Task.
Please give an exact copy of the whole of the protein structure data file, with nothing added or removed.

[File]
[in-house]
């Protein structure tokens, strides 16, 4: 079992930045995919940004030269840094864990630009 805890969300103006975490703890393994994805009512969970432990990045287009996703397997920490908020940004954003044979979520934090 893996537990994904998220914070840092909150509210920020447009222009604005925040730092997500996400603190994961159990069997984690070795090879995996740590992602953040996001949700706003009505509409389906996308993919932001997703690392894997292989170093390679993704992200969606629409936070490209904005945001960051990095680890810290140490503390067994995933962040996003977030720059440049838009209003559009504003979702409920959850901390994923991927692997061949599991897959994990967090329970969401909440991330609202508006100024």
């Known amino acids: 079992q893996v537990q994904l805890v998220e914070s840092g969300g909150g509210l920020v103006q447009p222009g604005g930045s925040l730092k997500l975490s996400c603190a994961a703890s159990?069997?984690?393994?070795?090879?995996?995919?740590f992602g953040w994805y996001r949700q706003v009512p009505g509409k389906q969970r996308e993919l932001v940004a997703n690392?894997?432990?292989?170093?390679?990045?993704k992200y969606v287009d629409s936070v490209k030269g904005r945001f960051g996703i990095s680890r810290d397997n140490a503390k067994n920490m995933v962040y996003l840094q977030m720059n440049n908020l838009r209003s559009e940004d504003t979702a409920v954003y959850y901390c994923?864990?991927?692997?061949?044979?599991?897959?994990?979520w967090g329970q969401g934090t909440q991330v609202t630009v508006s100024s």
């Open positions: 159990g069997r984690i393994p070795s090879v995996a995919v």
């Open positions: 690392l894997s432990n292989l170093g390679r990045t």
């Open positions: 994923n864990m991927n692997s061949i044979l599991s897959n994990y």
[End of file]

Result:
[in-house]
């Protein structure tokens, strides 16, 4: 079992930045995919940004030269840094864990630009 805890969300103006975490703890393994994805009512969970432990990045287009996703397997920490908020940004954003044979979520934090 893996537990994904998220914070840092909150509210920020447009222009604005925040730092997500996400603190994961159990069997984690070795090879995996740590992602953040996001949700706003009505509409389906996308993919932001997703690392894997292989170093390679993704992200969606629409936070490209904005945001960051990095680890810290140490503390067994995933962040996003977030720059440049838009209003559009504003979702409920959850901390994923991927692997061949599991897959994990967090329970969401909440991330609202508006100024």
């Known amino acids: 079992q893996v537990q994904l805890v998220e914070s840092g969300g909150g509210l920020v103006q447009p222009g604005g930045s925040l730092k997500l975490s996400c603190a994961a703890s159990?069997?984690?393994?070795?090879?995996?995919?740590f992602g953040w994805y996001r949700q706003v009512p009505g509409k389906q969970r996308e993919l932001v940004a997703n690392?894997?432990?292989?170093?390679?990045?993704k992200y969606v287009d629409s936070v490209k030269g904005r945001f960051g996703i990095s680890r810290d397997n140490a503390k067994n920490m995933v962040y996003l840094q977030m720059n440049n908020l838009r209003s559009e940004d504003t979702a409920v954003y959850y901390c994923?864990?991927?692997?061949?044979?599991?897959?994990?979520w967090g329970q969401g934090t909440q991330v609202t630009v508006s100024s």
């Open positions: 159990g069997r984690i393994p070795s090879v995996a995919v």
């Open positions: 690392l894997s432990n292989l170093g390679r990045t």
């Open positions: 994923n864990m991927n692997s061949i044979l599991s897959n994990y």